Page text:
Son of a… okay, okay, first thing’s first. Lara Croft Go is a good game at its core. A great game, in fact. I beat it in its entirety when it first came out on mobile devices, and I was happy to see how it might do on a bigger (I mean physically larger) system. Now I’m just annoyed.
Lara Croft Go is, in a nutshell, a remarkably brilliant distillation of Tomb Raider-ing into a bite-sized and turn-based puzzler. Everything about it stands head and shoulders above Square Enix’s other “Go” games (even the ones that came after). The visuals are fantastically stylized, with little in the way of small details but lots of attention given to the animations of Lara and the various things that want her to not be alive anymore. The puzzles themselves are devious and clever, requiring a mixture of chess-like preplanning and a bit of trial-and-error. There are collectibles hidden all over the place, which unlock new outfits for Lara so they actually serve some sort of a point other than, well, points.
Many of the areas Lara explores are also quite varied. Each “chapter” is filled with several levels, many of which have several smaller parts to them. Each of them also has their own overarching theme and throws in things like new enemy types or puzzle mechanics, so as to keep things from getting stale. I really, REALLY like Lara Croft Go.
Which is why this Vita port bothers me so much. Playing on a bigger screen is nice, don’t get me wrong, and I do like how all the bonus adventures and special costumes (which had to be bought separately in the mobile version) are unlocked from the start. However, technically speaking it feels more like a downgrade overall.
Sure the graphics are still nice and don’t suffer from being on a larger screen at all, but everything else just isn’t up to snuff. For starters, you can play using the Vita’s physical controls but there’s no real reason to. You can’t move the analog stick and hold to have Lara keep moving in one direction – she still has to hop around one step at a time, no matter what. You can’t pick up hidden collectibles with anything other than a screen tap. Really it just seems pointless (because it is). Granted it’s a handheld system with physical buttons, so of course they included support for them, but they’re so arbitrary.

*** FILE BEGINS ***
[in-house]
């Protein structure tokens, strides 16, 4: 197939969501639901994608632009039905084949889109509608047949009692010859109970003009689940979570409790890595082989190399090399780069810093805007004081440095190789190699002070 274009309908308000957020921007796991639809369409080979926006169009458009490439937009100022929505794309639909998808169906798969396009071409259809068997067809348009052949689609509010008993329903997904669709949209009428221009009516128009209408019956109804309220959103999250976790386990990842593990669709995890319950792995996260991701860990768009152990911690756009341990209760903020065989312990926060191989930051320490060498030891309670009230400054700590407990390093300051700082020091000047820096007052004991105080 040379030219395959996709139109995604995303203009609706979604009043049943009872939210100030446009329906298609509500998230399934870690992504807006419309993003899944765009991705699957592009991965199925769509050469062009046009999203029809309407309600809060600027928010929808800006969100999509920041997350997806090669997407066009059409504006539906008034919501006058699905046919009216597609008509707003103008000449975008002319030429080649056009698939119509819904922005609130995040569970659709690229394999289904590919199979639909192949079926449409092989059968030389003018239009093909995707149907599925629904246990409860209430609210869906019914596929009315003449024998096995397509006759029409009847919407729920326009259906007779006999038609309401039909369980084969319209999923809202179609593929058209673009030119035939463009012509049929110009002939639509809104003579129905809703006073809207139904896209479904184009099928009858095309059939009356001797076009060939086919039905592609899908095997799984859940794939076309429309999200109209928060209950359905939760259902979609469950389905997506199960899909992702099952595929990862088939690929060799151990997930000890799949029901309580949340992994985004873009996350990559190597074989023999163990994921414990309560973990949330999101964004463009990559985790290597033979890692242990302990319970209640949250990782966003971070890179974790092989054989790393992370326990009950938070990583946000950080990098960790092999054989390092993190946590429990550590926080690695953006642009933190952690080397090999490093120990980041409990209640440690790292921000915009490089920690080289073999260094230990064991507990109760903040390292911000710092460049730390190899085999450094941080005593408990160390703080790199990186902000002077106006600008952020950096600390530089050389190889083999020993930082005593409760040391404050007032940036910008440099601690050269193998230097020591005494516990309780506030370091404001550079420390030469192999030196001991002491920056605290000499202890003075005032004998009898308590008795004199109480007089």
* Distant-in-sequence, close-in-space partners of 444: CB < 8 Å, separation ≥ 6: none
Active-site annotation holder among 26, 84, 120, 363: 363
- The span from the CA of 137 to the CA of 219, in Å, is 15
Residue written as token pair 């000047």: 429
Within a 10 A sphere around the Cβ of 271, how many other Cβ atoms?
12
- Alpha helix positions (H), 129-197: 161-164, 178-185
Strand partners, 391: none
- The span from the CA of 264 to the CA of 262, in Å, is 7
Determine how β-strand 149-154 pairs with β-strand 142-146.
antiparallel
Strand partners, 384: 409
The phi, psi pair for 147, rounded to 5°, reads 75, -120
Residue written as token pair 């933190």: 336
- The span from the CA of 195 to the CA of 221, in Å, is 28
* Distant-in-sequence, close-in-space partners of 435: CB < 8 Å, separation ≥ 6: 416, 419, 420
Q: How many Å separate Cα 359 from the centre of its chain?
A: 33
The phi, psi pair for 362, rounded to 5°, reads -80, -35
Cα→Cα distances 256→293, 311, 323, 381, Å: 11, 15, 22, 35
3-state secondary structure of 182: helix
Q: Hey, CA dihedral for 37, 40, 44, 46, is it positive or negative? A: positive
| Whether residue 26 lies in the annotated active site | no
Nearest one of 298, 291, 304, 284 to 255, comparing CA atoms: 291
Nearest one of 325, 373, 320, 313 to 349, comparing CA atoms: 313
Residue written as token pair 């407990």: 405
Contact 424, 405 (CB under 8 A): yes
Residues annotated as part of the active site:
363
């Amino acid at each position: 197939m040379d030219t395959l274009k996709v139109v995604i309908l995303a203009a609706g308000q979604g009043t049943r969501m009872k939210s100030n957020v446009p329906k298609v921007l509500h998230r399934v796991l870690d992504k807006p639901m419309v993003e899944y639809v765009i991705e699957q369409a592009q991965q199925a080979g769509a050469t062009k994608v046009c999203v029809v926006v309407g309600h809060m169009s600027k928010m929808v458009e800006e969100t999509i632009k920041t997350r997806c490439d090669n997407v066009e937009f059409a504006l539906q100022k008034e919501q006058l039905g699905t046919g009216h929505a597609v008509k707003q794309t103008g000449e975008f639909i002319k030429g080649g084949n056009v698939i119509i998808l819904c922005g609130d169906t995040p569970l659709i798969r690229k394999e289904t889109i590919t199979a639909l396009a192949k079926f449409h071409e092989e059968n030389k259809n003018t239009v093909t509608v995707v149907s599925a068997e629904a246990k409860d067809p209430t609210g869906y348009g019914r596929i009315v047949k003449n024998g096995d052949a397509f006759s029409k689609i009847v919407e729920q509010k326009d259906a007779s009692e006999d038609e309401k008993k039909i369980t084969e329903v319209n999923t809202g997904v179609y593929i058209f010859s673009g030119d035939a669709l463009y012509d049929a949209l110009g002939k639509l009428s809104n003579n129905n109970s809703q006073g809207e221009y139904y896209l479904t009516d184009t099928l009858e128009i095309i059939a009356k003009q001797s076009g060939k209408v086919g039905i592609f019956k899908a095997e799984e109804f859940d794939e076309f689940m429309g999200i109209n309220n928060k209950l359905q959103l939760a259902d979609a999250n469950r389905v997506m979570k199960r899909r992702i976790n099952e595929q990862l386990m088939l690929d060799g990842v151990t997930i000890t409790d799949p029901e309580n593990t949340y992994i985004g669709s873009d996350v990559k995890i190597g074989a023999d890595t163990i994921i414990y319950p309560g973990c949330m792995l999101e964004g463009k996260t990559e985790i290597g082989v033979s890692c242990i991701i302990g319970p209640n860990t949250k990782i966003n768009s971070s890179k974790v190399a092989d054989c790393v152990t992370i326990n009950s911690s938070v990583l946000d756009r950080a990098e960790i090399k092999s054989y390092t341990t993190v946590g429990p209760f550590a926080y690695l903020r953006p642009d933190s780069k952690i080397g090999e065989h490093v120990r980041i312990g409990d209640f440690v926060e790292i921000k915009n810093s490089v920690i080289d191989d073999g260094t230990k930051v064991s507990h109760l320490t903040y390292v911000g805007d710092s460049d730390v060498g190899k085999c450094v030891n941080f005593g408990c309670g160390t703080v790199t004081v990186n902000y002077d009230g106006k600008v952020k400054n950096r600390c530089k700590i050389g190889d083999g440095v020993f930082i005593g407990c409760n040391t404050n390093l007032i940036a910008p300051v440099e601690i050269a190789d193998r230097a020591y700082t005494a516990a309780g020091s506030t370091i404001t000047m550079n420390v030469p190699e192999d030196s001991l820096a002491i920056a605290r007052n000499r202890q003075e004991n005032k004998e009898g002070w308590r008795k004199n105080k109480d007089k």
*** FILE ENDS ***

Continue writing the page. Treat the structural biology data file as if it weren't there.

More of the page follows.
Then there’s all the obnoxious pop-ups for wifi connections that you have to wade through every time you start the game up whenever the Vita isn’t connected to wifi. They can be bypassed relatively quickly, but they’re still a nuisance and having to see them EVERY TIME is ridiculous. I don’t care about leaderboards, I just want to play the freaking game!
Speaking of just wanting to play the game, good luck with that. I’m not sure if it’s because of the coding needed to bring a mobile game to the Vita or what, but the load times are super irritating. They’re noticeably longer on the Vita than they were on mobile, and you have to sit through them constantly. If you want to back out to the level select screen so you can see how many collectibles there are in a given level (because showing players this information in the level itself is too difficult, apparently), you have to wait. If you decide you want to change Lara’s outfit, you have to back out several menus and wait, then wait again as you go back into the level you want to play. If Lara gets killed, you have to wait while the level reloads. It’s the sort of little problem that keeps stacking up until it becomes a very, very big problem. Again, I’m not sure if this is a problem with the Vita or the game itself, but either way I hate it.
Lara Croft Go is a fantastic puzzler that you absolutely should try if you’re able. Hopefully on an iOS or Android device, because this port does the game a pretty big disservice by bogging everything down. There’s so much greatness here that I think it’s worth putting up with the nonsensical load times if the Vita is your only option, but I hope it isn’t your only option because it’s a much more satisfying time when you don’t have time to make a sandwich while you wait to continue after a misstep.